Employers are observing some of their most talented employees abandon ship as the mass exodus of the Great Resignation continues. Many of the top talent are quiet achievers who feel unrecognized and unheard. “Silent Stars” have created a revolving door, quietly headed to companies that will address their grievances. Lack of recognition, burnout and limited growth opportunities are only a few of the reasons employees are quitting. According to Andrea Short, executive sales and marketing leader at Ingram Micro Cloud, there’s another side to the story. She argues that the Silent Stars—those whose goals are less visible and are still working as hard as they can to keep the workflow going—are the most valuable yet forgotten assets for the same companies that are not giving them the recognition they deserve.
Out Of Sight, Out Of Mind
A full 75% of the workforce say they need more recognition in their jobs, and Short insists the Silent Stars are the most easily forgotten at the highest price. “These Silent Stars are known (or not known) for being great observers and honest assessors, self-starters willing to pursue goals that are less visible and for not actively seeking any acknowledgment. Still, they’re not totally indifferent to being constantly overlooked.”
In the past year, businesses have been influenced by fear of talent-loss and many have learned that some talent is simply overlooked based on their personal preference to remain more quiet, introspective or less social in the workplace. “Out of sight, out of mind, has been a prevalent experience for those that may be less externally-oriented, and businesses are beginning to recognize the importance of refocusing attention on all sets of talent by understanding and respecting individual nuances,” Short said. “By actively learning their team’s individuality and putting focus on each unique person, leaders have been able to more appropriately guide their teams, strengthen their foundations and receive more contributions across their entire organization.”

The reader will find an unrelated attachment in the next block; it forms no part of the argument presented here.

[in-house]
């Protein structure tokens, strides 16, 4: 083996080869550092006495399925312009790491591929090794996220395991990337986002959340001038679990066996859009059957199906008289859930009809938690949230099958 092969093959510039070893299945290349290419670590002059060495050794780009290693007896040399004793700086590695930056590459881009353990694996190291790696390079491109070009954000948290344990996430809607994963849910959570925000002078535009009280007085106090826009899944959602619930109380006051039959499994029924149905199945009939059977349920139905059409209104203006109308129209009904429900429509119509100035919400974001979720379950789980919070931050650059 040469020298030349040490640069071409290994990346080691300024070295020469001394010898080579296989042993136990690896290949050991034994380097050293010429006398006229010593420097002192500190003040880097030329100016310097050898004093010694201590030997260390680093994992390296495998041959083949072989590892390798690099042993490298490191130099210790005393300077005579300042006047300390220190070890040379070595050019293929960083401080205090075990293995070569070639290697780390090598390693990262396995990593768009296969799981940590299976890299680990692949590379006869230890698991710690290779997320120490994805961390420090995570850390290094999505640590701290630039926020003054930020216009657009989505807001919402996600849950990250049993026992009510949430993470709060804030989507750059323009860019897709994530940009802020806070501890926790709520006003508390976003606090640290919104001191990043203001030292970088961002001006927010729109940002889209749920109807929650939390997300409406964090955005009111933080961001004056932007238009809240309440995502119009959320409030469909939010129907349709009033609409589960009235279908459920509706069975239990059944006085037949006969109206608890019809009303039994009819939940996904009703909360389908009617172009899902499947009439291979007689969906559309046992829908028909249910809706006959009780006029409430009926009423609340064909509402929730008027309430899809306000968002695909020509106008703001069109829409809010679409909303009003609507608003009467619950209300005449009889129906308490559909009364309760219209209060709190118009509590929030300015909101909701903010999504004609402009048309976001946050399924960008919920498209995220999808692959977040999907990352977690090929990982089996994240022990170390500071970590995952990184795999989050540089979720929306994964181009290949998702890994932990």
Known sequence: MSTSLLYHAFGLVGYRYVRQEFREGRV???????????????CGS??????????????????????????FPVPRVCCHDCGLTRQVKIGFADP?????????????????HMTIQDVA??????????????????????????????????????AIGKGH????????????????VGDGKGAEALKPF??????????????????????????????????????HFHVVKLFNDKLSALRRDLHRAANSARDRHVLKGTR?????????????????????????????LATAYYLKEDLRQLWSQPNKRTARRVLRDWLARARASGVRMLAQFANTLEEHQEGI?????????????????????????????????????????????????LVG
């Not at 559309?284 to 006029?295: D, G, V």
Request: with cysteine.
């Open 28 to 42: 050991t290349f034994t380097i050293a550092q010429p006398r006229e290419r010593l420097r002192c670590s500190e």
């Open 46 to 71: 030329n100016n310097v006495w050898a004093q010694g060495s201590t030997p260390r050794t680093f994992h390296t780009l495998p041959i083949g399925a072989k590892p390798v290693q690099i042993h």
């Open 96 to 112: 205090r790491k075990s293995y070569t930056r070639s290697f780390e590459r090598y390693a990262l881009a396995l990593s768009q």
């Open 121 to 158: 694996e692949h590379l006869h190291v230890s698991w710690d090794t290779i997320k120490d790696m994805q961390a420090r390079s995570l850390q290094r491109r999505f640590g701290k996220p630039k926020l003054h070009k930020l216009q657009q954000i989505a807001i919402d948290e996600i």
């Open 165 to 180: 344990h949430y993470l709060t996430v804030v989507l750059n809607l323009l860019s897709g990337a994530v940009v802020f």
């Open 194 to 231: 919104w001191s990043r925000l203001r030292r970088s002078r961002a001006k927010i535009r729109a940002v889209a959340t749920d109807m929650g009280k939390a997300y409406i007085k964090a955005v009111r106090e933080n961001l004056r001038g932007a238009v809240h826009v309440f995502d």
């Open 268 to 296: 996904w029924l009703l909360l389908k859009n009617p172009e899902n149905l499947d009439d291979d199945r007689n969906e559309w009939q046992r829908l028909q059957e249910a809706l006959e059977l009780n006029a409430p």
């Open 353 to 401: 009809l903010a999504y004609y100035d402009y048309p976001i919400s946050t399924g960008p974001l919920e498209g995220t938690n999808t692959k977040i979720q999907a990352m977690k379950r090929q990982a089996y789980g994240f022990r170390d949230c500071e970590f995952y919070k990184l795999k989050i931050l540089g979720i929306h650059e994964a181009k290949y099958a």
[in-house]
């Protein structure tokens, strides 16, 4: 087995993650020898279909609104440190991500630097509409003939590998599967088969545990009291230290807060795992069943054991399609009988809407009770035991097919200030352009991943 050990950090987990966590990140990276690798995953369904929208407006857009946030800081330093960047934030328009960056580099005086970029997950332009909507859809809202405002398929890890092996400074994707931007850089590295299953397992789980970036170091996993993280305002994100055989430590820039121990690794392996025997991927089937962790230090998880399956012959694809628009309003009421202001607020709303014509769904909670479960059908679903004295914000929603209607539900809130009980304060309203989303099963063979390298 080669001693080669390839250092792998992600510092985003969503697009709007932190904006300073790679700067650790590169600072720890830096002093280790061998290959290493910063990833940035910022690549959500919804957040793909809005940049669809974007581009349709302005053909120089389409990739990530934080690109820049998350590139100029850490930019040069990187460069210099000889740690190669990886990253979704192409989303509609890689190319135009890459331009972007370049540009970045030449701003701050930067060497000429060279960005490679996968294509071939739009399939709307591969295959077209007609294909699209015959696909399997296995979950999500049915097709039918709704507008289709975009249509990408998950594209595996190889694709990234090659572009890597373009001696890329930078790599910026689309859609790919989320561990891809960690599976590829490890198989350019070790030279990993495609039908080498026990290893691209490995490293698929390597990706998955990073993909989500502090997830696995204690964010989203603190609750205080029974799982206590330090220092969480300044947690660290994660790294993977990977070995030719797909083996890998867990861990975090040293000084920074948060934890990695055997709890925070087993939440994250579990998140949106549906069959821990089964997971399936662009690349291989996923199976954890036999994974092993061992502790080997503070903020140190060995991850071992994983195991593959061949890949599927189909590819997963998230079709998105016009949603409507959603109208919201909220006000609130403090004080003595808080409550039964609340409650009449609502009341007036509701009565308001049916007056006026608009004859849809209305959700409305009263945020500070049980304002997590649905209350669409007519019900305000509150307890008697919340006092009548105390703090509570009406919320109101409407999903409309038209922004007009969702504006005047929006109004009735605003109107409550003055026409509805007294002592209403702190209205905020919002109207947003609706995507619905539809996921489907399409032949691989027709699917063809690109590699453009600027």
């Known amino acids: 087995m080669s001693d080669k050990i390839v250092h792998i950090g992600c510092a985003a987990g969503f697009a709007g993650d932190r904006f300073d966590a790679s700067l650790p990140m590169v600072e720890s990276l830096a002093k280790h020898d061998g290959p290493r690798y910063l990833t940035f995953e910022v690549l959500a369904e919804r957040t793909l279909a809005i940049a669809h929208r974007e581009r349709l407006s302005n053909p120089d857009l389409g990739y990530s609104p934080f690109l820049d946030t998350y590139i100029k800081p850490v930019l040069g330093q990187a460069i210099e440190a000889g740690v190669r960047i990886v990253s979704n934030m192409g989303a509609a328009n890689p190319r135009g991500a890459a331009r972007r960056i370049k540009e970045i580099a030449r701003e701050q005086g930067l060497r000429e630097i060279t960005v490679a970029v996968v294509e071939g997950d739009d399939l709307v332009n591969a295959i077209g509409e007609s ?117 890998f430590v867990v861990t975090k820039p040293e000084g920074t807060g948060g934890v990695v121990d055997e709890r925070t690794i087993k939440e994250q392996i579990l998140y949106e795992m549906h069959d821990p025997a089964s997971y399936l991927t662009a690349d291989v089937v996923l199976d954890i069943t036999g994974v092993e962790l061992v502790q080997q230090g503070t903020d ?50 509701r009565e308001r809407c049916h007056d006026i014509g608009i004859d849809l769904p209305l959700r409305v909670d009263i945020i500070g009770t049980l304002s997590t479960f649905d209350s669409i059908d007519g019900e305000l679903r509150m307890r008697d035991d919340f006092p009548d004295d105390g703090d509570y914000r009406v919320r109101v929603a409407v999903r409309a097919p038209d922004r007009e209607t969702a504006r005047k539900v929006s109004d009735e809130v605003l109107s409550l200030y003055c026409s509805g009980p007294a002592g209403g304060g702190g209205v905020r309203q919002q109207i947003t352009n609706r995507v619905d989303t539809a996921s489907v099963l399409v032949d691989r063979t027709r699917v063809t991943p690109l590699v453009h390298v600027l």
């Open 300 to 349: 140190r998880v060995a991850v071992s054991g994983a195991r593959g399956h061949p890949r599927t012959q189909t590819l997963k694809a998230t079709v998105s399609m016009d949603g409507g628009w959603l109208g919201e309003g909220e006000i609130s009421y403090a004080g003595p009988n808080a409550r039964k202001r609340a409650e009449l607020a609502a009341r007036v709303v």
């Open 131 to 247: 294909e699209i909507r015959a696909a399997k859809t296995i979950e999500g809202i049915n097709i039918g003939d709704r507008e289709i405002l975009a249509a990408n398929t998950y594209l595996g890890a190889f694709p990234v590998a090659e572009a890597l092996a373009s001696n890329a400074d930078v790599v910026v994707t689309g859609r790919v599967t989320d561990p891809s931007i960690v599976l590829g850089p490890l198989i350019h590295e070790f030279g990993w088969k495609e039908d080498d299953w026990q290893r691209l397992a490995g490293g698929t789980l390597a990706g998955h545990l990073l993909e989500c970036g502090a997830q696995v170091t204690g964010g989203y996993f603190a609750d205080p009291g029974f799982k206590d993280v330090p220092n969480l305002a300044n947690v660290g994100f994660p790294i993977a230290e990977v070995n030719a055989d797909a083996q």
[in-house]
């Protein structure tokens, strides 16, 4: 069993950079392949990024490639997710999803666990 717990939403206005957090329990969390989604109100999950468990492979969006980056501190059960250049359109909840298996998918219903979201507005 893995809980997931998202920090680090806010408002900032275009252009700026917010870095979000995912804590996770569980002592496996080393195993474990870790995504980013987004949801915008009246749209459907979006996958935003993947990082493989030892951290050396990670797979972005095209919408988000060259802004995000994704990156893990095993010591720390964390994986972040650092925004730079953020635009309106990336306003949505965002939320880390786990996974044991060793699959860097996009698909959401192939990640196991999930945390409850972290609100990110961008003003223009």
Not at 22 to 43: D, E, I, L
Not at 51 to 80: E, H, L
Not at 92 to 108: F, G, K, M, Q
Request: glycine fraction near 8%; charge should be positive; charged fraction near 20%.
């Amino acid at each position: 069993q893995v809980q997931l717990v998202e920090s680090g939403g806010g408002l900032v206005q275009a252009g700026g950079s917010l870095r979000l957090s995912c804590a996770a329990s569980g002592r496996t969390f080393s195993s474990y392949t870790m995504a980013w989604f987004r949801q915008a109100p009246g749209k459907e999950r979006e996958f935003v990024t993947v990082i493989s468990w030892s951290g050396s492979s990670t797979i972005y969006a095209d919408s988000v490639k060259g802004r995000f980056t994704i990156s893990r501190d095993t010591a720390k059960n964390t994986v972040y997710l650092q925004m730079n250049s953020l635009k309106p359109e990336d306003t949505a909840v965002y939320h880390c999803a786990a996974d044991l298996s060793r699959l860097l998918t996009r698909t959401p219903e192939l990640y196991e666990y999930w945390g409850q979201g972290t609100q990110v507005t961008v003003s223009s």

Short believes a retention strategy can be as simple as supporting and representing your talent if a more suited role ever presents. She notes that major drivers of job satisfaction revolve around role enjoyment, career development, paths to advancement, culture inclusivity and appreciation. “Leaders who prioritize better understanding their employee’s individual goals and fulfillment, and encourage transparency around internal recruitment efforts, are providing better possible circumstances for both the organization and your talent’s overall satisfaction.”
Short insisted that during the Great Resignation, companies took one of two paths. They either recognized the importance of the silent-but-driven and learned to anticipate ways to accommodate the needs of these solid team members and making them feel valued. Or they lost these crucial components of their operating dynamic and quickly saw things come unglued. “Many times these Silent Stars are seen as the individuals on a team that ‘just get it done,’ taking on more than their fair share of responsibility,” she said. “In recognizing the importance of these types of associates, it’s imperative that organizations audit and measure the amount of effort a team member puts forth against the amount and type of recognition they deserve.”